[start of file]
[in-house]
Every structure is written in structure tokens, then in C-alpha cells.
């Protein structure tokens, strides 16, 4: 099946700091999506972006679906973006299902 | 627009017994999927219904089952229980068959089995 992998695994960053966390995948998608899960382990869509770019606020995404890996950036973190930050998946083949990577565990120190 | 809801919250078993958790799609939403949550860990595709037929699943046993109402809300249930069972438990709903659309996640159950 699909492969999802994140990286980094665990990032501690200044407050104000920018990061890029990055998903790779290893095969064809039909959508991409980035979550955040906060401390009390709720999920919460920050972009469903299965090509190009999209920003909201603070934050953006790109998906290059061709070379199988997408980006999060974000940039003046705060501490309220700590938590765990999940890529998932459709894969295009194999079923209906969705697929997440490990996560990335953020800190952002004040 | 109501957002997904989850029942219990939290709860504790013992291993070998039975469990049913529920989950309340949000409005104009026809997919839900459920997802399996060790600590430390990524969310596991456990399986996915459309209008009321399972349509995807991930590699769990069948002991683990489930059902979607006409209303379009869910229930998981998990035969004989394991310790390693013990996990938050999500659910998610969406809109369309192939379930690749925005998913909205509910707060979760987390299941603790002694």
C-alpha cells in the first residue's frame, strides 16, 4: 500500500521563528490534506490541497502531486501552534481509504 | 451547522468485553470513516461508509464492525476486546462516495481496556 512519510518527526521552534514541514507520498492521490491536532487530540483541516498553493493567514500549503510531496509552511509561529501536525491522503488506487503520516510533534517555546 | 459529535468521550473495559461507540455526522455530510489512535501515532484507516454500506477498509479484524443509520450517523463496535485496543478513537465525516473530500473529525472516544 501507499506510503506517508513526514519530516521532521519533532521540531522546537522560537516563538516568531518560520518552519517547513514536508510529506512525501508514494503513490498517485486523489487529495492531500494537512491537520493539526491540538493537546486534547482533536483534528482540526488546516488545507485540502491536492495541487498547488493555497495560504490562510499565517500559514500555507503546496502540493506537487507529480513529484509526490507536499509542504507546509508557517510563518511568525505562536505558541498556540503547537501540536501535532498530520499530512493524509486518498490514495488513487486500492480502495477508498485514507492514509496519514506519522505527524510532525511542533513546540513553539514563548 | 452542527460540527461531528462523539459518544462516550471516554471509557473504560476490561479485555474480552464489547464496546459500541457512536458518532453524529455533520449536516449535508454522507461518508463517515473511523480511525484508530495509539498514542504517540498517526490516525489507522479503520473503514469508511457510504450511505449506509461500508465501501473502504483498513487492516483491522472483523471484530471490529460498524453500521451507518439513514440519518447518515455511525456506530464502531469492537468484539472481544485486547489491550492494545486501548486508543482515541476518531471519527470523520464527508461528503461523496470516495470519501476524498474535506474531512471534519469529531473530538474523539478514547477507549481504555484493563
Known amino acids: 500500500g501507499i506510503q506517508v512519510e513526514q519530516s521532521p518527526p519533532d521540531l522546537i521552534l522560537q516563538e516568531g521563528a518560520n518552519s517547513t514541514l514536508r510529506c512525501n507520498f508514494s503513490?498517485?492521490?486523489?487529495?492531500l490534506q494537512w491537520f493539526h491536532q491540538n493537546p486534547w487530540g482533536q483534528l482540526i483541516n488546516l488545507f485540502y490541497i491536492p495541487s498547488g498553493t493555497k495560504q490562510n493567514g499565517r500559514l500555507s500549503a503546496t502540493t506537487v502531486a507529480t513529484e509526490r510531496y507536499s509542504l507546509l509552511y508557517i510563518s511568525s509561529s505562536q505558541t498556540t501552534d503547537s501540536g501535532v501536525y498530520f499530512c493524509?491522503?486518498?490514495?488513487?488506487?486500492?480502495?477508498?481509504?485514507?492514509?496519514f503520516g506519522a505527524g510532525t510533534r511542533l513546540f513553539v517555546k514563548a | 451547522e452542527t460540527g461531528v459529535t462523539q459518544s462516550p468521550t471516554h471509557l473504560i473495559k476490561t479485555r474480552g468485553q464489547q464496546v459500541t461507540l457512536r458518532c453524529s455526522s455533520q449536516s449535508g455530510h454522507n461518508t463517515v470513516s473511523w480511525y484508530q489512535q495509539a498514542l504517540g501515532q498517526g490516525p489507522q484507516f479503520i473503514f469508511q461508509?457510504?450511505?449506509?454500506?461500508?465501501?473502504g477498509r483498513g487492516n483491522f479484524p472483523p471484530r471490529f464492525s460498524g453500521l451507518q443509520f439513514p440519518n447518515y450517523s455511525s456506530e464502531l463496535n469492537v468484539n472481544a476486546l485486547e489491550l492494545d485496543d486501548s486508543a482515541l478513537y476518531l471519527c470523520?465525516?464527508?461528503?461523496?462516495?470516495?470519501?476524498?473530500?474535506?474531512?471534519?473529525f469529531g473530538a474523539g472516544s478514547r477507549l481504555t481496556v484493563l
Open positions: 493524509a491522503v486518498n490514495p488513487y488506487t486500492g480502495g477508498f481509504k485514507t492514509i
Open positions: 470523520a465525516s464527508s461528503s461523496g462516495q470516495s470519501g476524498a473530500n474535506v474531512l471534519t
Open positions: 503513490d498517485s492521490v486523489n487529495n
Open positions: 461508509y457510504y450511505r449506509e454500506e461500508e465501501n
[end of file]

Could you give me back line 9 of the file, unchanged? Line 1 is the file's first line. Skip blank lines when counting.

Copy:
Open positions: 461508509y457510504y450511505r449506509e454500506e461500508e465501501n